Traveling to Canada with an OMVI
An OMVI, or Operating a Motor Vehicle While Intoxicated, is a charge unique to the state of Ohio. The acronym OMVI was changed to OVI in 2004 in order to have the charge include not just motorized vehicles, but non-motorized vehicles as well.
If you have an OMVI conviction on your record, you will be considered criminally inadmissible to Canada. An OMVI arrest of conviction is treated as an indictable offense under Canada's Criminal Code. Therefore, you will require special permission to enter the country at a border or port of entry. By applying for a Temporary Resident Permit (TRP) or Criminal Rehabilitation, you can overcome your inadmissibility and enter Canada. A TRP is processed much more quickly than a Criminal Rehabilitation, but it will give you a restricted period of time to visit Canada (up to 3 years) and you will have to show a valid reason to travel. A Criminal Rehabilitation application takes longer to process (usually from 6 to 12 months) but once successful will allow you to visit without special permission.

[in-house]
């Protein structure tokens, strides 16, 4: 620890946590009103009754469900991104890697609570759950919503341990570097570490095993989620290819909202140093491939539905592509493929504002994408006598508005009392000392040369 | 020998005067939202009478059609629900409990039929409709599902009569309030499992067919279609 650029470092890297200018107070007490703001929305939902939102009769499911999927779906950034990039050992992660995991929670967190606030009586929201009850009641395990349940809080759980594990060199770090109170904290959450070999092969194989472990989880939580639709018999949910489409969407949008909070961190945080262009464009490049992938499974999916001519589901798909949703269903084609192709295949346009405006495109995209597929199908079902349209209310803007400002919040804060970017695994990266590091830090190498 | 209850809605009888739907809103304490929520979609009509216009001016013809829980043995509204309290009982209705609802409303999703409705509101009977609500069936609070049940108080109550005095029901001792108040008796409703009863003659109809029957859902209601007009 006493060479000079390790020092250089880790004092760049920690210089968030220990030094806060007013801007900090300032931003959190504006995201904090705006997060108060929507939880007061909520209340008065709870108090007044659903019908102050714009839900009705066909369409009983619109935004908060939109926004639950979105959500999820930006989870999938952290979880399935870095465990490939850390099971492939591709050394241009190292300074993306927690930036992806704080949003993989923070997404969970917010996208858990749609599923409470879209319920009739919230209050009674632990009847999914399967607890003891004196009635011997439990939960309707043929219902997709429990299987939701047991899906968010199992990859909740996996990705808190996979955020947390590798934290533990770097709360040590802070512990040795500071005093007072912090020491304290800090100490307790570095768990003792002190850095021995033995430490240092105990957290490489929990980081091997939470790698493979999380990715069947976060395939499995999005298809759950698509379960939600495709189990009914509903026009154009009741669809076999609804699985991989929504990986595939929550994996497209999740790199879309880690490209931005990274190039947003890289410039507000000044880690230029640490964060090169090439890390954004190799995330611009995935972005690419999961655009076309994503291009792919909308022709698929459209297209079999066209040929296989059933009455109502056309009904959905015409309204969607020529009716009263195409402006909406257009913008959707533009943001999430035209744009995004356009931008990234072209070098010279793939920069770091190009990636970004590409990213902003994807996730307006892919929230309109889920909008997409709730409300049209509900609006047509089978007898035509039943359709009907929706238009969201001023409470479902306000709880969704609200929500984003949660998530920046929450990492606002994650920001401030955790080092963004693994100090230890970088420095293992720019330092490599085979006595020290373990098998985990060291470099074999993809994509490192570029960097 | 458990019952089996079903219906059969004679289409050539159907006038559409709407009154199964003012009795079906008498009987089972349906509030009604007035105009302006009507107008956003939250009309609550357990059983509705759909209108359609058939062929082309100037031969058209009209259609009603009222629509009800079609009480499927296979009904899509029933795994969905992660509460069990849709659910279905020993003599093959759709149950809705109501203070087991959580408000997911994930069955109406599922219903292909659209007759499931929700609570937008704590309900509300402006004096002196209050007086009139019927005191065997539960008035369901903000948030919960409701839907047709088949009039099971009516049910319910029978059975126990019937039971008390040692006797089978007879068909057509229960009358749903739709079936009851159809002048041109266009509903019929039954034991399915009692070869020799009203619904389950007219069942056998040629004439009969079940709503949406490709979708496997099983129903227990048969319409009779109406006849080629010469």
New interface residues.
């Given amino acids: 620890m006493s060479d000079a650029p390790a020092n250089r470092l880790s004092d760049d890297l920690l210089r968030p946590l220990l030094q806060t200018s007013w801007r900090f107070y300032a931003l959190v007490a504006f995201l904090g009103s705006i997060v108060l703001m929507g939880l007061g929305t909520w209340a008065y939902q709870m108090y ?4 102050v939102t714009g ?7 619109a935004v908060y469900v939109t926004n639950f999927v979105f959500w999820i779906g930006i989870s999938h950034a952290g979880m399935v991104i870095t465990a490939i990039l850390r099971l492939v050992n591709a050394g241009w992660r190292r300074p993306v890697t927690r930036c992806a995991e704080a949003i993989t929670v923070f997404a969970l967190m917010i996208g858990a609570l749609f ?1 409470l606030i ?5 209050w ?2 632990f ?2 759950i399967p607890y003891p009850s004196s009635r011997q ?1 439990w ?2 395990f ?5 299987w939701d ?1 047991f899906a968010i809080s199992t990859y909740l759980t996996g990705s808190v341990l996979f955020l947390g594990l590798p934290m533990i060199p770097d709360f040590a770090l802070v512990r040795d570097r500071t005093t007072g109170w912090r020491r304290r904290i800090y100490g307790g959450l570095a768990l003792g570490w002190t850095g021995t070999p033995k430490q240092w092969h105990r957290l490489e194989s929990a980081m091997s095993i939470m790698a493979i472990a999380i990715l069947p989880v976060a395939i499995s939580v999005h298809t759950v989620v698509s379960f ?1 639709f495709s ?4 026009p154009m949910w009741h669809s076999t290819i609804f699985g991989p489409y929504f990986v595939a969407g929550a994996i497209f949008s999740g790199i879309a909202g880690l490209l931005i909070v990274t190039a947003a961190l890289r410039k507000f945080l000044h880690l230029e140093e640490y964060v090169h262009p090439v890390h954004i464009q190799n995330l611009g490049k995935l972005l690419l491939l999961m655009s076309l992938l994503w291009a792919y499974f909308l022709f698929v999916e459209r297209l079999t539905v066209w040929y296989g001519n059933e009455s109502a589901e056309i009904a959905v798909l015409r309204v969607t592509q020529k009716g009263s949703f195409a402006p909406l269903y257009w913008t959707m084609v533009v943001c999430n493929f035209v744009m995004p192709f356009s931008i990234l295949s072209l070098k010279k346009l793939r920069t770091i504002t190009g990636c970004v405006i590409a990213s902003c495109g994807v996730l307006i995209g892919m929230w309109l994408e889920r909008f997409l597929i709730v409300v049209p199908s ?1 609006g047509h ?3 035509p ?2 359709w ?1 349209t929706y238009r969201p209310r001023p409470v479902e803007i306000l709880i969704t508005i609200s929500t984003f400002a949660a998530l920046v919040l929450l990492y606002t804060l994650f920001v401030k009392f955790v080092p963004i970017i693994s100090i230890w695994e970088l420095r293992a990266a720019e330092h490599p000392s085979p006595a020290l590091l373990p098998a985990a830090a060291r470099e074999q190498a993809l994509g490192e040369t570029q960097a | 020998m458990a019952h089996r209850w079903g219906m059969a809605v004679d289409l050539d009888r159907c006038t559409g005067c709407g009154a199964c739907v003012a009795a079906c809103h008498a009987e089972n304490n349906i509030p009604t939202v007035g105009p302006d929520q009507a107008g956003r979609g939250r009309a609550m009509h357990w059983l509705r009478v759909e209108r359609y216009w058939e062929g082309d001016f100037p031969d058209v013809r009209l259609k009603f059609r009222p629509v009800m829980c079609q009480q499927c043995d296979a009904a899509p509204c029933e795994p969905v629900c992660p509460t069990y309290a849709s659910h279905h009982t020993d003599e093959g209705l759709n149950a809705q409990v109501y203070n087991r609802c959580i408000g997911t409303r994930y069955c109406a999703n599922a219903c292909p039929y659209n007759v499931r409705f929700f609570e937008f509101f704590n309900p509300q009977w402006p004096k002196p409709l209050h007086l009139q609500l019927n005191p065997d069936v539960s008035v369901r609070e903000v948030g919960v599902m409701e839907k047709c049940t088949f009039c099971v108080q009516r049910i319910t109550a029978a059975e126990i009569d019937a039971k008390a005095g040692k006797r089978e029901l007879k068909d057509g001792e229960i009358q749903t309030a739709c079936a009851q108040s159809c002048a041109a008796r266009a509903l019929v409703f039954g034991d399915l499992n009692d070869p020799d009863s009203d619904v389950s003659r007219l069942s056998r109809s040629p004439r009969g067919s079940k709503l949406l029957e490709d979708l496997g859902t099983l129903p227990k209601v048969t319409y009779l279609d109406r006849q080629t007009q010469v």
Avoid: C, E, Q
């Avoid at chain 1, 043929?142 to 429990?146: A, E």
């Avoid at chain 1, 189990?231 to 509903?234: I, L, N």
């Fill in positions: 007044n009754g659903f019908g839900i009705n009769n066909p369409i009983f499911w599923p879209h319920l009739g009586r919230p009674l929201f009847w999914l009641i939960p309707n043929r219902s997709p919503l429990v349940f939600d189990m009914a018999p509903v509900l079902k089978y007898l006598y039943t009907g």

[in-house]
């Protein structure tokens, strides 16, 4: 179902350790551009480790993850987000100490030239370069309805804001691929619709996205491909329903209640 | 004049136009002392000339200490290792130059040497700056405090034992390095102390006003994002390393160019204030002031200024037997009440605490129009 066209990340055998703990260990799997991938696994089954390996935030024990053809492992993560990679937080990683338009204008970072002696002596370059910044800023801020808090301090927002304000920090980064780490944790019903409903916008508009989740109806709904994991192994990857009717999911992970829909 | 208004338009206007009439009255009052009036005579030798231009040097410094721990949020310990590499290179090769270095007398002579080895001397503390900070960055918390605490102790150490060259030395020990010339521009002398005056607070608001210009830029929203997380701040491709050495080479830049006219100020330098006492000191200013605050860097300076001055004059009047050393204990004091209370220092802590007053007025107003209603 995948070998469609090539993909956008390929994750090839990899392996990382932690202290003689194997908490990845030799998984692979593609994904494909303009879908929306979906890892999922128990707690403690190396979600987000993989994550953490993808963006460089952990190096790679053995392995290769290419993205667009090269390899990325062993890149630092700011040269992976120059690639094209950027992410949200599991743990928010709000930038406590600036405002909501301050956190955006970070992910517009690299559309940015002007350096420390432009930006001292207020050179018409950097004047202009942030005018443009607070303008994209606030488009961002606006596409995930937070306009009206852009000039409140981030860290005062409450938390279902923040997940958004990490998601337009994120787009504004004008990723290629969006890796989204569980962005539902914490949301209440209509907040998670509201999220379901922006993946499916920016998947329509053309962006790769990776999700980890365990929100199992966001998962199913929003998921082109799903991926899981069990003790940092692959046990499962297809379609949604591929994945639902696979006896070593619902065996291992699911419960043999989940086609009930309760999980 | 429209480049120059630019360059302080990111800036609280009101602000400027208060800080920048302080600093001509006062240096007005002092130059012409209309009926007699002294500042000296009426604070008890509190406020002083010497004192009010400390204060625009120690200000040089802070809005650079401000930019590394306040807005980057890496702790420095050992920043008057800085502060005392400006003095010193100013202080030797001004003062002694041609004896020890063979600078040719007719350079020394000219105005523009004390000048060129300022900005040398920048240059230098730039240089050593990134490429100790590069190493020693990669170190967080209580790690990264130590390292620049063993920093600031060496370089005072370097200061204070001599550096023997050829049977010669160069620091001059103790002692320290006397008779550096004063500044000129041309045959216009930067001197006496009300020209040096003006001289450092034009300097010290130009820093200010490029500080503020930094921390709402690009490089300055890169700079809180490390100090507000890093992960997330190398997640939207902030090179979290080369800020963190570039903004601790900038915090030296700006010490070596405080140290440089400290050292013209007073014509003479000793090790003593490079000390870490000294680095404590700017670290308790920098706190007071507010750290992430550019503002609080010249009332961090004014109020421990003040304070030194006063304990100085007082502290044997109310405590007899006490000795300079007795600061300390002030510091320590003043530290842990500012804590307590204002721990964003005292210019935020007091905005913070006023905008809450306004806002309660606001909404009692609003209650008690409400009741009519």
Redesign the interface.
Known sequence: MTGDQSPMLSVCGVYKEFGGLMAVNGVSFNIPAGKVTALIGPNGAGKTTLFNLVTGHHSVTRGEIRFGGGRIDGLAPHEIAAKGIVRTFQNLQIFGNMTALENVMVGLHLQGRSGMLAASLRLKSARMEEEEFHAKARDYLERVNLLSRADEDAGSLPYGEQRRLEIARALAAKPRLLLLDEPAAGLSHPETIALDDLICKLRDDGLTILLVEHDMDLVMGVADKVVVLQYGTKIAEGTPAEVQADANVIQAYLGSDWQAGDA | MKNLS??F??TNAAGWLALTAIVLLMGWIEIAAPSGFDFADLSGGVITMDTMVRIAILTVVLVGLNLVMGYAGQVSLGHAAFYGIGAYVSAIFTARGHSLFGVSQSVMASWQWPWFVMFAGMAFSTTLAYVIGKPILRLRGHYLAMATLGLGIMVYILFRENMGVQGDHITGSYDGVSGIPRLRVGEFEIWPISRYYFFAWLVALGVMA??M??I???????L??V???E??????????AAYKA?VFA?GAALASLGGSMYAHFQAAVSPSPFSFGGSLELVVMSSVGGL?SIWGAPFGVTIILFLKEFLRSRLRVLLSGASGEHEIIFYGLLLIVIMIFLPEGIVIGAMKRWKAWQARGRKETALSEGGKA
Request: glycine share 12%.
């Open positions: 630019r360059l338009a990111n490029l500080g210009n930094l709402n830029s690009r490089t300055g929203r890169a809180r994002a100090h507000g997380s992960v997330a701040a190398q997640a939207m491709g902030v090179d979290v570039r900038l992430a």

Because OMVI charges are from 2004 or earlier, you might qualify for something called deemed rehabilitation as well. If you only have on OMVI charge and completed all conditions of your sentencing over 10 years ago, you will be able to enter Canada. Remember, if you have any other convictions on record, you do not qualify for deemed rehabilitation and will have to apply for a TRP or Criminal Rehabilitation.
If you are planning to travel to Canada with an OMVI, contact us today for a consultation. Our team of experts (Lawyers and consultants) can help determine the best steps to take in overcoming your inadmissibility.